Uber Under Criminal Investigation, Justice Dept. Confirms in Letter to Court

Isaac Cain
December 17, 2017

A subsidiary of Google, Waymo has accused Uber of unlawfully obtaining company secrets.

Waymo sued Uber in February for allegedly stealing its self-driving auto technology, but a federal court judge put the trial on hold last month after learning about the existence of a May 5 letter penned by Mr. Jacobs' attorneys as part of a settlement they successfully pursued following his firing weeks earlier. The document paints a picture of a team of employees dedicated to spying on rivals and "impeding" legal investigations into the company. According to the letter, the ride-share company's Threat Operations Unit was developed to help the company achieve its business goals, "through illegal conduct even though equally aggressive legal means were available to achieve the same end".

Uber has been in hot water over the last few months for some very unsavory allegations.

"Uber has engaged, and continues to engage, in illegal intelligence gathering on a global scale", Mr Jacobs wrote in the 37-page letter. The Department of Justice didn't reply to a request for comment. The latter details the former Uber employee's experiences at the company from March 2016 through April 2017. After his attorney sent the demand letter to Uber outlining potentially criminal activities within Uber's "strategic services group" and "marketplace analytics" teams, he and Uber reached a $4.5m settlement. Judge Alsup disagreed with this characterization, harshly criticizing the Uber legal team for not disclosing the letter in the first place.

While much of the "hacking" or other forms of surveillance appeared to rely on these types of automated systems, the company also carried out physical surveillance, including wiretaps, in order to identify competitors' advantages or weaknesses.

-Uber conducted surveillance of executives from a competing company, recording video and audio at private events in locations like hotels, according to the letter. Jacobs claimed that Uber recorded and observed private conversations among the executives including their real-time reactions to the news that Uber would receive $3.4bn from the Saudi government. Jacobs said during the hearing that he only had 20 minutes to review the letter before it was sent. Jacobs said that the team primarily worked overseas, but in the United States had researched "protest and threat groups targeting Uber".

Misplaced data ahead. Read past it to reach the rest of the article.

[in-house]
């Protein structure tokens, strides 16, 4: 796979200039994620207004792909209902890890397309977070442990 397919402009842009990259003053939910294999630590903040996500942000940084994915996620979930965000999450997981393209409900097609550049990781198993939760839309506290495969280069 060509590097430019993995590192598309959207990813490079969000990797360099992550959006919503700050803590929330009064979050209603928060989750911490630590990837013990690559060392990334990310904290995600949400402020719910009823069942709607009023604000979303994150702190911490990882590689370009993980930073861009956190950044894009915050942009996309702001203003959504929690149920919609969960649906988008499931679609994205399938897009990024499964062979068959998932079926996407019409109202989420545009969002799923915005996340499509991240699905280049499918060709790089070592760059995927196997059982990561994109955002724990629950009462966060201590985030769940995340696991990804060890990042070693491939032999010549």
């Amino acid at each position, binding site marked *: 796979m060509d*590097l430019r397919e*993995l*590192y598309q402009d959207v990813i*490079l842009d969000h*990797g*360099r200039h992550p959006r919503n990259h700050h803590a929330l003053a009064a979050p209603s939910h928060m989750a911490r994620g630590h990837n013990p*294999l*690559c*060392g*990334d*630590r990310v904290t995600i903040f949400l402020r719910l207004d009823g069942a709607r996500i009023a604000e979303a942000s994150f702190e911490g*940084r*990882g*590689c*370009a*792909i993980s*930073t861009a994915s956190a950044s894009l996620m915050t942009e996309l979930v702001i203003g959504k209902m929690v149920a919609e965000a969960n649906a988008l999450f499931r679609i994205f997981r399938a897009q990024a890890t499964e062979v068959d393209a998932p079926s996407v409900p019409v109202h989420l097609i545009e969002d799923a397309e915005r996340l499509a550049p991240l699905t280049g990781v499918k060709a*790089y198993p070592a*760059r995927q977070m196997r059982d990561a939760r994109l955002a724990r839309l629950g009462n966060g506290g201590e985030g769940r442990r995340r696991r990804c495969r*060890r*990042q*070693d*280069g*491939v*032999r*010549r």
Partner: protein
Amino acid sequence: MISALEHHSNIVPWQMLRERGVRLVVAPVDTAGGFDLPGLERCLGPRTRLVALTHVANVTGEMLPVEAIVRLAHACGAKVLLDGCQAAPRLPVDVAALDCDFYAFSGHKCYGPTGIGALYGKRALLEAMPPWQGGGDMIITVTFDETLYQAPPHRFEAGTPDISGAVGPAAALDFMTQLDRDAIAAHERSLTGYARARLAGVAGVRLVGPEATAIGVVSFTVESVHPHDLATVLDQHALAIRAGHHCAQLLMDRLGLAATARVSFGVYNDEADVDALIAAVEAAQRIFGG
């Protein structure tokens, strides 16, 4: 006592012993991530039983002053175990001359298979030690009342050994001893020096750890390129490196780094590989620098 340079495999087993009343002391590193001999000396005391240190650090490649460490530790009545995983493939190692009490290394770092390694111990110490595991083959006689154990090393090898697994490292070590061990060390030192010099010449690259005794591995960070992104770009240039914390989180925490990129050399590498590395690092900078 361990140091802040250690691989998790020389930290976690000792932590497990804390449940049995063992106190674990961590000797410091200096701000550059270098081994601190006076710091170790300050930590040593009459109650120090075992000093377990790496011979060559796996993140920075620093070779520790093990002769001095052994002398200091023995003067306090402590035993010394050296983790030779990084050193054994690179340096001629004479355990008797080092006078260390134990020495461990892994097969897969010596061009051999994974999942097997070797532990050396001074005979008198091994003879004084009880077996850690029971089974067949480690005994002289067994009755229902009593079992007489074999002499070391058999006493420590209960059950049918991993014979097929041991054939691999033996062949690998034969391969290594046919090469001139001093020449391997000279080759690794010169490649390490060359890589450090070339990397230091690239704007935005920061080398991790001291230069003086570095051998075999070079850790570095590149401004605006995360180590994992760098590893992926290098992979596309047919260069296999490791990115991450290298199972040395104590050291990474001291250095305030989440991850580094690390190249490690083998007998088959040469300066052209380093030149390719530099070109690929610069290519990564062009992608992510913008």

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As part of its ongoing litigation with Alphabet's Waymo self-driving unit, a new letter from Uber's former manager of global intelligence makes startling accusations towards the ride-hailing company.

Mr Jacobs who was sacked earlier this year, made the explosive claims in a 37-page letter that sought a big payoff for being forced out of the company.

"I can no longer trust the words of the lawyers for Uber in this case", he said.

Because such a key piece of evidence had been withheld, Alsup delayed the start of the trial.

At the time, a spokeswoman for Waymo called the new evidence "significant and troubling" and welcomed the trial delay as an "opportunity to fully investigate this new, highly relevant information".

Intelligence was gathered, the letter claims, "to determine which political figures may have been supporting opposition groups in the taxi/transport sector", as well as to identify someone or some group that had been allegedly ordered to "begin targeting Uber vehicles for harassment and impoundment". "Jacobs himself said on the stand today that he was not aware of any Waymo trade secrets being stolen".

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